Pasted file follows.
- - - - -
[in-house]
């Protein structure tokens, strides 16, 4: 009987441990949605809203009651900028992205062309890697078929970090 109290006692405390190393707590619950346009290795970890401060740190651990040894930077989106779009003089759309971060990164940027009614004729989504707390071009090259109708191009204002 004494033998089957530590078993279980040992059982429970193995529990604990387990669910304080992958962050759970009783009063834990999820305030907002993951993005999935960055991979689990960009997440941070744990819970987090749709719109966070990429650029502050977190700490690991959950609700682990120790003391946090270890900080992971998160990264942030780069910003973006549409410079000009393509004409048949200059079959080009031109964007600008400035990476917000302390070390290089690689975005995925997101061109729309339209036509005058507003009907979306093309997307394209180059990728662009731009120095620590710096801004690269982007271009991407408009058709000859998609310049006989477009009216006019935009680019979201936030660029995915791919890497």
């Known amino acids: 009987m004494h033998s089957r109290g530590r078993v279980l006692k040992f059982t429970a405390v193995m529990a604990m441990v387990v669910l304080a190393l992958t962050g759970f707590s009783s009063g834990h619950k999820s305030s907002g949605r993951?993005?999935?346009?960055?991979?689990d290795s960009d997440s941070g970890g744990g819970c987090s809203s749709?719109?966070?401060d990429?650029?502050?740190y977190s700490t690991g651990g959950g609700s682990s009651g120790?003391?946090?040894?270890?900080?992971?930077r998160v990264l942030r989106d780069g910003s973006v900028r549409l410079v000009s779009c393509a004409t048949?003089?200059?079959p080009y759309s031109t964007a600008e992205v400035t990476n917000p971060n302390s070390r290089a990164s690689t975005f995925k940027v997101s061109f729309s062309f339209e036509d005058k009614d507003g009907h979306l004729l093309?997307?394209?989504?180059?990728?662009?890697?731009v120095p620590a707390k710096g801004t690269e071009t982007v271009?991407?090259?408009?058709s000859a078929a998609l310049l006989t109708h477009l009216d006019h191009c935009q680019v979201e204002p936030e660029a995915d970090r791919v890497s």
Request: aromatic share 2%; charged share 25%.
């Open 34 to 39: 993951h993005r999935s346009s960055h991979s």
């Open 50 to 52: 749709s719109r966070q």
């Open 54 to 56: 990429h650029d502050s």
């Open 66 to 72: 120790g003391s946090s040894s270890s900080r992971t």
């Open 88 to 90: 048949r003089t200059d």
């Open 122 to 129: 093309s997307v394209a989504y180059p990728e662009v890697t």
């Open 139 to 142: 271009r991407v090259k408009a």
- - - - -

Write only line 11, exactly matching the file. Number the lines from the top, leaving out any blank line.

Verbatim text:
């Open 139 to 142: 271009r991407v090259k408009a």